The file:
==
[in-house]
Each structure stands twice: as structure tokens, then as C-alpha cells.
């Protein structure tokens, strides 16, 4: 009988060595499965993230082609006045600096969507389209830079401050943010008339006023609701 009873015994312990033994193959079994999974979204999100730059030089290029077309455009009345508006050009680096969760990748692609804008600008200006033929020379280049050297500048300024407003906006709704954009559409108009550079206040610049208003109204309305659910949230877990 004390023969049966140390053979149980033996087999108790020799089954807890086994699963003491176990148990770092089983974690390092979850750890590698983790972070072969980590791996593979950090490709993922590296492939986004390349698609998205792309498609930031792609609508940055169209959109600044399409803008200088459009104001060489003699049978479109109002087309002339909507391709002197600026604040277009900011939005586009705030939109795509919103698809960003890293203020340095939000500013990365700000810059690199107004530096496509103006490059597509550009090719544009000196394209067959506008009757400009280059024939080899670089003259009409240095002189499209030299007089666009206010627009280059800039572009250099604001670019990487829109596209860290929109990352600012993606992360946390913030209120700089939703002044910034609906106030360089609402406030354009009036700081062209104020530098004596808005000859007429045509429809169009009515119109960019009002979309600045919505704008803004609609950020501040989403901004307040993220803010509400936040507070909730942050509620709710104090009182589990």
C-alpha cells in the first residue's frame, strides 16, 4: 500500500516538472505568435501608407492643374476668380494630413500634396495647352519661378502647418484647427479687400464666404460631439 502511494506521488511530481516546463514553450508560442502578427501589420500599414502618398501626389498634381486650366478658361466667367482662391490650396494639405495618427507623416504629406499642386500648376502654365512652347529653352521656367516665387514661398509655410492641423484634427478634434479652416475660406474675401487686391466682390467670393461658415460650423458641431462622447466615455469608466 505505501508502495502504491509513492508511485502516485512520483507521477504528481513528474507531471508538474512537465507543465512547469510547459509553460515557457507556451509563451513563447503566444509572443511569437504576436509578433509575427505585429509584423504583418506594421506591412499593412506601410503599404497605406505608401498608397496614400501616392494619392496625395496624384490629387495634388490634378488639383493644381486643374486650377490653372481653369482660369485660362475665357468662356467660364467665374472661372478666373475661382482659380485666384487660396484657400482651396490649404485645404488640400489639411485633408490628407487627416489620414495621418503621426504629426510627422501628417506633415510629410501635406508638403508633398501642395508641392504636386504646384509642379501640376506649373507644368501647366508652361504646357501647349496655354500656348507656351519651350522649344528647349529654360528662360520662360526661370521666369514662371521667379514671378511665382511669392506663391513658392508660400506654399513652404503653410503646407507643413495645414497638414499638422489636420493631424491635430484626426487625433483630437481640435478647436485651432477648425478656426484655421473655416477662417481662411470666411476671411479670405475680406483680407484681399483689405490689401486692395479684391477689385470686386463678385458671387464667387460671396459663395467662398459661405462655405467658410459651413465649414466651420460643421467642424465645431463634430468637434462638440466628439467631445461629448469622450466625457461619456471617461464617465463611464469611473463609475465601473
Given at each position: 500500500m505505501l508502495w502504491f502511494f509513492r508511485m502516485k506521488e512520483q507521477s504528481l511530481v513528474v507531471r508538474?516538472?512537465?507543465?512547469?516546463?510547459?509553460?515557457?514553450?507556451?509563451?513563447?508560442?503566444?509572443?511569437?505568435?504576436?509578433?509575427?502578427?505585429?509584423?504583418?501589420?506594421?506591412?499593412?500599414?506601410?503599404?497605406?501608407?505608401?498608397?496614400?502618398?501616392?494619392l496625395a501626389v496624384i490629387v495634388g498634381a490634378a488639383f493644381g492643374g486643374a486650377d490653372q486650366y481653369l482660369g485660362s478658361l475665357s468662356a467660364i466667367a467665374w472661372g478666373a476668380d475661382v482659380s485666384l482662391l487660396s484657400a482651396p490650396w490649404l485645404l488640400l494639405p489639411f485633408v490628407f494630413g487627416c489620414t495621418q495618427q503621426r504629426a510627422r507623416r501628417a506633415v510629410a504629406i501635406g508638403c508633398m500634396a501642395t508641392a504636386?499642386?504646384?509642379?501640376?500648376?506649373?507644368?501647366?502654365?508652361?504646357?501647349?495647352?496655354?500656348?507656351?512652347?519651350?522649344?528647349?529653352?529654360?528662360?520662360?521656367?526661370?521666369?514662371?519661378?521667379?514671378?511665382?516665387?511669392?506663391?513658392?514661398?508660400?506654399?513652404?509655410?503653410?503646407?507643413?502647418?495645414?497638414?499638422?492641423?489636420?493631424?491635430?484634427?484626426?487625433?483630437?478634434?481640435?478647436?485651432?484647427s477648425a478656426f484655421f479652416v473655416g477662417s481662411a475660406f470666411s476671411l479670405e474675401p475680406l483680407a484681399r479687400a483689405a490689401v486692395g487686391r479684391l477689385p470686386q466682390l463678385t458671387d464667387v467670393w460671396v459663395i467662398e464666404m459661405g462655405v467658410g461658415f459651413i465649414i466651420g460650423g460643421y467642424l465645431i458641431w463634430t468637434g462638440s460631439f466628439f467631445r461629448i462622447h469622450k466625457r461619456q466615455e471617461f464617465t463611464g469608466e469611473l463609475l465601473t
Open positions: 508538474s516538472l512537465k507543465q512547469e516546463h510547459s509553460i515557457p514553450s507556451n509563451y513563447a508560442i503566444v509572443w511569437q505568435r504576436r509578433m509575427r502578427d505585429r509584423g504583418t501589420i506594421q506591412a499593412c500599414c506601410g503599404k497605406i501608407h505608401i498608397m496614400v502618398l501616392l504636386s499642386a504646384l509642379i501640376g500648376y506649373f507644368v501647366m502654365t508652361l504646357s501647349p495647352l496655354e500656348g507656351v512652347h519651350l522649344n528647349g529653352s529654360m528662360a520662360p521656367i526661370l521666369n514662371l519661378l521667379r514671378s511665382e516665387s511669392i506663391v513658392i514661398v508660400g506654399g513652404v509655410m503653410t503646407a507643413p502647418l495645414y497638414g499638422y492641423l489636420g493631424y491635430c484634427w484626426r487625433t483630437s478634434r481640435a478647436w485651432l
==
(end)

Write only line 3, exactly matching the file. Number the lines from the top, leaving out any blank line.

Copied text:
């Protein structure tokens, strides 16, 4: 009988060595499965993230082609006045600096969507389209830079401050943010008339006023609701 009873015994312990033994193959079994999974979204999100730059030089290029077309455009009345508006050009680096969760990748692609804008600008200006033929020379280049050297500048300024407003906006709704954009559409108009550079206040610049208003109204309305659910949230877990 004390023969049966140390053979149980033996087999108790020799089954807890086994699963003491176990148990770092089983974690390092979850750890590698983790972070072969980590791996593979950090490709993922590296492939986004390349698609998205792309498609930031792609609508940055169209959109600044399409803008200088459009104001060489003699049978479109109002087309002339909507391709002197600026604040277009900011939005586009705030939109795509919103698809960003890293203020340095939000500013990365700000810059690199107004530096496509103006490059597509550009090719544009000196394209067959506008009757400009280059024939080899670089003259009409240095002189499209030299007089666009206010627009280059800039572009250099604001670019990487829109596209860290929109990352600012993606992360946390913030209120700089939703002044910034609906106030360089609402406030354009009036700081062209104020530098004596808005000859007429045509429809169009009515119109960019009002979309600045919505704008803004609609950020501040989403901004307040993220803010509400936040507070909730942050509620709710104090009182589990």